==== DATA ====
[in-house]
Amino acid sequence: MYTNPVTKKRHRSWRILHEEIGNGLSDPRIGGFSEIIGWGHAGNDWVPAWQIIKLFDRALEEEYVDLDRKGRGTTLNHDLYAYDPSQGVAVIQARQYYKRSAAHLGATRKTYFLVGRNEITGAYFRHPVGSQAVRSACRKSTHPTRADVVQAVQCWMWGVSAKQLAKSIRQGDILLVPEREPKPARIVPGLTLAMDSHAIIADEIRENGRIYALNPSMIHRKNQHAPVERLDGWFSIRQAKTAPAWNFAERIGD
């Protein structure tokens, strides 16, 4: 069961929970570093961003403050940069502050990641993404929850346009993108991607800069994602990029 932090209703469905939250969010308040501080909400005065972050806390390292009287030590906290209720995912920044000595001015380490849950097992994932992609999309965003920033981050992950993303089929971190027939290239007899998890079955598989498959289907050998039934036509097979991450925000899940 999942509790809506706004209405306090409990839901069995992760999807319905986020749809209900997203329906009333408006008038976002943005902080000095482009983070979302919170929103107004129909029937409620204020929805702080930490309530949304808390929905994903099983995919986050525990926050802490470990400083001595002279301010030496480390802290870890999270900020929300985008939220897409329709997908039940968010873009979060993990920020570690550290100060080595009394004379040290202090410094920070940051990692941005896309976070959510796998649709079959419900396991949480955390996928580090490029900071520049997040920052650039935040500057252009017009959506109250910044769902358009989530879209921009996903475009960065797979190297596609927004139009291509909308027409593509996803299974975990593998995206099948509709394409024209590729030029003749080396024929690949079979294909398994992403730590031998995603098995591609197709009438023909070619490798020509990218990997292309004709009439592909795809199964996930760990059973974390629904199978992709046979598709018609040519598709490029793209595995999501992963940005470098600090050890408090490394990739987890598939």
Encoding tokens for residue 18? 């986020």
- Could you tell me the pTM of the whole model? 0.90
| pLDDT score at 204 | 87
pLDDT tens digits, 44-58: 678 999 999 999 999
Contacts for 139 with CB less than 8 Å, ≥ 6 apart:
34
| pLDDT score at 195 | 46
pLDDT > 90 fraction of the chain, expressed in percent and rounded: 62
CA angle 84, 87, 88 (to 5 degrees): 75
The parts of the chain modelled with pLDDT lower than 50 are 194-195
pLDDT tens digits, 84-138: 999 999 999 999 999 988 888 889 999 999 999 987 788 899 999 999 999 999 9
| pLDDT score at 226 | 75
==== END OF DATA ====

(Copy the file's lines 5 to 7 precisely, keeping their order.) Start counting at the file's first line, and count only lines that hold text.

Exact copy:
- Could you tell me the pTM of the whole model? 0.90
| pLDDT score at 204 | 87
pLDDT tens digits, 44-58: 678 999 999 999 999